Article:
This analysis of the 1992 US presidential campaign looks at how citizens use information in the media to make their voting decisions and how politicians and the media interact to shape that information. Examining political advertisements, news coverage, ad watches and talk shows in Los Angeles, Boston, Winston-Salem, and Fargo/Moorhead, the authors chart the impact of different information environments on citizens and show how people developed images of candidates over the course of the campaign. The text also presents evidence that campaigns do matter, that citizens are active participants in the campaign process, and that their perceptions of a candidate's character is the central factor in the voting process. Although the focus is on the 1992 presidential race, the study is intended to contribute to understanding of campaigns in general, and show how election campaigns can play an important role in the long-term vitality of democracy.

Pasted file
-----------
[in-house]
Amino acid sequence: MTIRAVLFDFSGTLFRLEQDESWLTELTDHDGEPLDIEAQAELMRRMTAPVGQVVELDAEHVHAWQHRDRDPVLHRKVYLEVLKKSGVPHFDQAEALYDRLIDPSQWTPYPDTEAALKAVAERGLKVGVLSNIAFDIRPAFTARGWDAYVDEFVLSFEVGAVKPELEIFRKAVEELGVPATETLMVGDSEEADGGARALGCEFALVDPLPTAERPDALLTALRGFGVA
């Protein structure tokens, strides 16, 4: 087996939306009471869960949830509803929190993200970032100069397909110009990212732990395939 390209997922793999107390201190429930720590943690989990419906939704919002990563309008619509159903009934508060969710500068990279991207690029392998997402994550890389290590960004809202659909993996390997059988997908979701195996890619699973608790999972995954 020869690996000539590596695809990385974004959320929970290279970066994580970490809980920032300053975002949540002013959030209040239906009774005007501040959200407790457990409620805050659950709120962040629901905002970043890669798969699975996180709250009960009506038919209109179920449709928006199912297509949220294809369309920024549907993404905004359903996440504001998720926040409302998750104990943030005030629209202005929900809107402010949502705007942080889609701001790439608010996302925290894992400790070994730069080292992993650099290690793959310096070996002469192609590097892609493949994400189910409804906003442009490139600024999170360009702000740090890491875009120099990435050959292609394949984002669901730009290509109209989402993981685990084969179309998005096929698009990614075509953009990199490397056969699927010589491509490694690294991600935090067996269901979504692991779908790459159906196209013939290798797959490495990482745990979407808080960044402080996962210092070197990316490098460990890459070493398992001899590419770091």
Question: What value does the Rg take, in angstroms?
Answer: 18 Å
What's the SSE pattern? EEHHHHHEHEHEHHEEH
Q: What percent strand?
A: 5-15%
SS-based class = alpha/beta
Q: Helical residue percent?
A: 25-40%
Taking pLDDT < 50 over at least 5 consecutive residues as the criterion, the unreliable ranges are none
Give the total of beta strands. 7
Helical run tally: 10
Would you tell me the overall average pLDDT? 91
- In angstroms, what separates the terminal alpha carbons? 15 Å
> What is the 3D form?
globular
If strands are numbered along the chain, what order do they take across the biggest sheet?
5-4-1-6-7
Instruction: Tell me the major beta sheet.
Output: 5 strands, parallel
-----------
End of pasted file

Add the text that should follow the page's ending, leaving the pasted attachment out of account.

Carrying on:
Publisher: The University of Chicago Press
Number of pages: 264
Weight: 630 g
Dimensions: 230 x 150 x 24 mm
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